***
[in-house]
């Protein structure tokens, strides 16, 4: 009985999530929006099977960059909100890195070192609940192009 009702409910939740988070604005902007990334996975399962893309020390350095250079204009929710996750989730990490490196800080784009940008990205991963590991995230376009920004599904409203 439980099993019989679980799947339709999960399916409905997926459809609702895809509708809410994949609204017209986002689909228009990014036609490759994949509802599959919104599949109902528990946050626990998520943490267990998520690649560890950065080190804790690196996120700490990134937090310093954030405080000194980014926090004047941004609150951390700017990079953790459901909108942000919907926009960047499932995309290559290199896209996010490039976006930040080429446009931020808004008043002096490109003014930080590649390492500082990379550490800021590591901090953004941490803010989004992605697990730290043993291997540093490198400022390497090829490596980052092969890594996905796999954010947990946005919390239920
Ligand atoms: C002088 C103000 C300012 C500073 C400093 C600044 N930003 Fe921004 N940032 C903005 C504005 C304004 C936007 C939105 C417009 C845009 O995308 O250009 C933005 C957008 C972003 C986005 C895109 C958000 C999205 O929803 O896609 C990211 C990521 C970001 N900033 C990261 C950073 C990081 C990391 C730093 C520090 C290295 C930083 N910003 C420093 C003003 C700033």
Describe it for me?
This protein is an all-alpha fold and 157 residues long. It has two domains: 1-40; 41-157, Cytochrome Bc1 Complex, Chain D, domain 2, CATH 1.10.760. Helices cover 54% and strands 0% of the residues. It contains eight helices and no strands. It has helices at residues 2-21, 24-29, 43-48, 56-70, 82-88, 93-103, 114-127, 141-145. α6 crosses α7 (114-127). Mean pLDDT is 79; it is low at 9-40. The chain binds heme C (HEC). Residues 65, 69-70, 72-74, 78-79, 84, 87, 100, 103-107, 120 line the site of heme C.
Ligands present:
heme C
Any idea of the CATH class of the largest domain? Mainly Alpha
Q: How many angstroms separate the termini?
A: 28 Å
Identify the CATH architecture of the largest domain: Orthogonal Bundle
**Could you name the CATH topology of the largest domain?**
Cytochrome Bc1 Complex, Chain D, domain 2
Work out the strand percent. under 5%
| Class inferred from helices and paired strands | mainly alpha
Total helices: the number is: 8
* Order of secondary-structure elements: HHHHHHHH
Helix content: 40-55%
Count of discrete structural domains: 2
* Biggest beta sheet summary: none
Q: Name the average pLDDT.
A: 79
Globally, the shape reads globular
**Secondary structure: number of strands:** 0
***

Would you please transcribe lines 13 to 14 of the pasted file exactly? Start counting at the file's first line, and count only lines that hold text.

Cytochrome Bc1 Complex, Chain D, domain 2
Work out the strand percent. under 5%